laud

To laud someone doesn't mean to give them knighthood, but to praise them extravagantly — usually in a very public manner. Being lauded, of course, can have the same tonic effect as having been made a lord.

Fun fact: the word laud is related to the drug laudanum, a potent combo of alcohol and opium first invented in the sixteenth century. Its creator, the alchemist Parcelsus, clearly knowing the effect it had on people, took its name from the Latin word laudere, meaning "to praise." Not surprisingly, it remained one of the world's most lauded drugs until its use became strictly controlled in the early twentieth century.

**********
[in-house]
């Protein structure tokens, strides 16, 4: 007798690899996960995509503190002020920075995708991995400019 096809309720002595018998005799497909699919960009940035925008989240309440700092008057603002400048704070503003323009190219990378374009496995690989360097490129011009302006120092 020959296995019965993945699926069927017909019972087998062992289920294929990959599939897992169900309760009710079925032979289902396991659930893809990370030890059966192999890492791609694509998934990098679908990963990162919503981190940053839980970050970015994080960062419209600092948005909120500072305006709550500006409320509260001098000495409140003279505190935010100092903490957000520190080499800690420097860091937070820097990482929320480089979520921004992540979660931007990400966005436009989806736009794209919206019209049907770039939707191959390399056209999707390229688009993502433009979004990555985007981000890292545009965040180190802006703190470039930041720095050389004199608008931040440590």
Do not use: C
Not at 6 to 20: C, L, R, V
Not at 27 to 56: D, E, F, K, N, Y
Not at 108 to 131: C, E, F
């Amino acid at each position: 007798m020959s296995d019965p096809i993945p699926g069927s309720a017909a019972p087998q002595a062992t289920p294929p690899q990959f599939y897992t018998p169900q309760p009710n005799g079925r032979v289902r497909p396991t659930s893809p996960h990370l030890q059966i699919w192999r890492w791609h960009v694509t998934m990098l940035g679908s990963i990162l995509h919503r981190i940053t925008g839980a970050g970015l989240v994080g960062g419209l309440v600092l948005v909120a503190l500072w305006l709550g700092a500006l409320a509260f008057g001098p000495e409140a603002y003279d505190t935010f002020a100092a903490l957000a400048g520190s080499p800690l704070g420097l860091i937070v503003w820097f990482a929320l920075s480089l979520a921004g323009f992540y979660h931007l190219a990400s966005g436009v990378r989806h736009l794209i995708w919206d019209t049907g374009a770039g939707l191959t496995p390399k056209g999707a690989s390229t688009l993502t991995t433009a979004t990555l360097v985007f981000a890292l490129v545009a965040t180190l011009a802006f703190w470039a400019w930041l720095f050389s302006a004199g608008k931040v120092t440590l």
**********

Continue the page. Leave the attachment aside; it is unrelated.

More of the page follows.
DEFINITIONS OF: laud

1

v praise, glorify, or honor

Synonyms:
exalt, extol, glorify, proclaim
Types:
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canonise, canonize
treat as a sacred person
ensky
exalt to the skies; lift to the skies or to heaven with praise
crack up
rhapsodize about
hymn
praise by singing a hymn
Type of:
praise
express approval of
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